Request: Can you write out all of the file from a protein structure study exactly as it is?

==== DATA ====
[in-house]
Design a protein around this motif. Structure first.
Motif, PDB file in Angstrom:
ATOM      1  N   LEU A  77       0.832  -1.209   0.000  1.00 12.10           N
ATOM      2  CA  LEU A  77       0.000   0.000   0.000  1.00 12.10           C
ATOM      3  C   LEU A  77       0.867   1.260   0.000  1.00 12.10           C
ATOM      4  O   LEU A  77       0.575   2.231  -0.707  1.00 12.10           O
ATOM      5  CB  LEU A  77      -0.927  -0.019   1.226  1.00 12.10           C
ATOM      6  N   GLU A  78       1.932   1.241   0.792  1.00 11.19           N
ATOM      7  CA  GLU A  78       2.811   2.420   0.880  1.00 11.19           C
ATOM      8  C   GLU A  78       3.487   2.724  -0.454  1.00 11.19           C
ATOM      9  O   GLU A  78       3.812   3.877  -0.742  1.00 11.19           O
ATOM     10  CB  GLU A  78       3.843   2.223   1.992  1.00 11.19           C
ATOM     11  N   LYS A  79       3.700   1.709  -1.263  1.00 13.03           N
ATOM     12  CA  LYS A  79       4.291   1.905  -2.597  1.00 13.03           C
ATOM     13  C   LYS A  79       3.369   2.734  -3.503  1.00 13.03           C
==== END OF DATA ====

[in-house]
Design a protein around this motif. Structure first.
Motif, PDB file in Angstrom:
ATOM      1  N   LEU A  77       0.832  -1.209   0.000  1.00 12.10           N
ATOM      2  CA  LEU A  77       0.000   0.000   0.000  1.00 12.10           C
ATOM      3  C   LEU A  77       0.867   1.260   0.000  1.00 12.10           C
ATOM      4  O   LEU A  77       0.575   2.231  -0.707  1.00 12.10           O
ATOM      5  CB  LEU A  77      -0.927  -0.019   1.226  1.00 12.10           C
ATOM      6  N   GLU A  78       1.932   1.241   0.792  1.00 11.19           N
ATOM      7  CA  GLU A  78       2.811   2.420   0.880  1.00 11.19           C
ATOM      8  C   GLU A  78       3.487   2.724  -0.454  1.00 11.19           C
ATOM      9  O   GLU A  78       3.812   3.877  -0.742  1.00 11.19           O
ATOM     10  CB  GLU A  78       3.843   2.223   1.992  1.00 11.19           C
ATOM     11  N   LYS A  79       3.700   1.709  -1.263  1.00 13.03           N
ATOM     12  CA  LYS A  79       4.291   1.905  -2.597  1.00 13.03           C
ATOM     13  C   LYS A  79       3.369   2.734  -3.503  1.00 13.03           C